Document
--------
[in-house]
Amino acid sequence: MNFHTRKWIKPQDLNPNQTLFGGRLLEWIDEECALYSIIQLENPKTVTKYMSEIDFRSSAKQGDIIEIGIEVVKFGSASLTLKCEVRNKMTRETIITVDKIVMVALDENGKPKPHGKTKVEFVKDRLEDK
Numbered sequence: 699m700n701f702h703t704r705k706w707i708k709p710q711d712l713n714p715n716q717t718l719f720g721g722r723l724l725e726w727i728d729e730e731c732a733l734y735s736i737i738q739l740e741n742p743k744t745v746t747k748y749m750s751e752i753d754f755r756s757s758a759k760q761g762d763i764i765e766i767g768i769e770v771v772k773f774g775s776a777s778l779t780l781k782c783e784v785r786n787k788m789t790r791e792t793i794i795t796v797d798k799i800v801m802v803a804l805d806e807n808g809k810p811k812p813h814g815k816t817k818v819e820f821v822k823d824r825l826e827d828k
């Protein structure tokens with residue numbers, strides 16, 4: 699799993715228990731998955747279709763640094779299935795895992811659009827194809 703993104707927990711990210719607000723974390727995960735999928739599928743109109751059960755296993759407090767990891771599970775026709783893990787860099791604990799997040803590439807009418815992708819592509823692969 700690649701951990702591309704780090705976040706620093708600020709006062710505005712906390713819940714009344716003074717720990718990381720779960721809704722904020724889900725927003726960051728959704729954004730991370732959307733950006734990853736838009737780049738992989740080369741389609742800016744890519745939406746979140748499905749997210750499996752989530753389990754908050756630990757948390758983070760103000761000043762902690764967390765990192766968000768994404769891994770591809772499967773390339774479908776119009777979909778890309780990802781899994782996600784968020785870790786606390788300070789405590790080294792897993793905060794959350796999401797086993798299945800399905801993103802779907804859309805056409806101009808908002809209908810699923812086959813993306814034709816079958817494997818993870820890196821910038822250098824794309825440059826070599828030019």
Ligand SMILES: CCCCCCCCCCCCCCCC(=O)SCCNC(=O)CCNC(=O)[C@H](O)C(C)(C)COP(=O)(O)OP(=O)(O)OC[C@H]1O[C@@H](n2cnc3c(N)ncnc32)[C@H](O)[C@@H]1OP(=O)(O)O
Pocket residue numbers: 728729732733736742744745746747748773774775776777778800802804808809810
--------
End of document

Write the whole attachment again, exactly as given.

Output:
[in-house]
Amino acid sequence: MNFHTRKWIKPQDLNPNQTLFGGRLLEWIDEECALYSIIQLENPKTVTKYMSEIDFRSSAKQGDIIEIGIEVVKFGSASLTLKCEVRNKMTRETIITVDKIVMVALDENGKPKPHGKTKVEFVKDRLEDK
Numbered sequence: 699m700n701f702h703t704r705k706w707i708k709p710q711d712l713n714p715n716q717t718l719f720g721g722r723l724l725e726w727i728d729e730e731c732a733l734y735s736i737i738q739l740e741n742p743k744t745v746t747k748y749m750s751e752i753d754f755r756s757s758a759k760q761g762d763i764i765e766i767g768i769e770v771v772k773f774g775s776a777s778l779t780l781k782c783e784v785r786n787k788m789t790r791e792t793i794i795t796v797d798k799i800v801m802v803a804l805d806e807n808g809k810p811k812p813h814g815k816t817k818v819e820f821v822k823d824r825l826e827d828k
């Protein structure tokens with residue numbers, strides 16, 4: 699799993715228990731998955747279709763640094779299935795895992811659009827194809 703993104707927990711990210719607000723974390727995960735999928739599928743109109751059960755296993759407090767990891771599970775026709783893990787860099791604990799997040803590439807009418815992708819592509823692969 700690649701951990702591309704780090705976040706620093708600020709006062710505005712906390713819940714009344716003074717720990718990381720779960721809704722904020724889900725927003726960051728959704729954004730991370732959307733950006734990853736838009737780049738992989740080369741389609742800016744890519745939406746979140748499905749997210750499996752989530753389990754908050756630990757948390758983070760103000761000043762902690764967390765990192766968000768994404769891994770591809772499967773390339774479908776119009777979909778890309780990802781899994782996600784968020785870790786606390788300070789405590790080294792897993793905060794959350796999401797086993798299945800399905801993103802779907804859309805056409806101009808908002809209908810699923812086959813993306814034709816079958817494997818993870820890196821910038822250098824794309825440059826070599828030019």
Ligand SMILES: CCCCCCCCCCCCCCCC(=O)SCCNC(=O)CCNC(=O)[C@H](O)C(C)(C)COP(=O)(O)OP(=O)(O)OC[C@H]1O[C@@H](n2cnc3c(N)ncnc32)[C@H](O)[C@@H]1OP(=O)(O)O
Pocket residue numbers: 728729732733736742744745746747748773774775776777778800802804808809810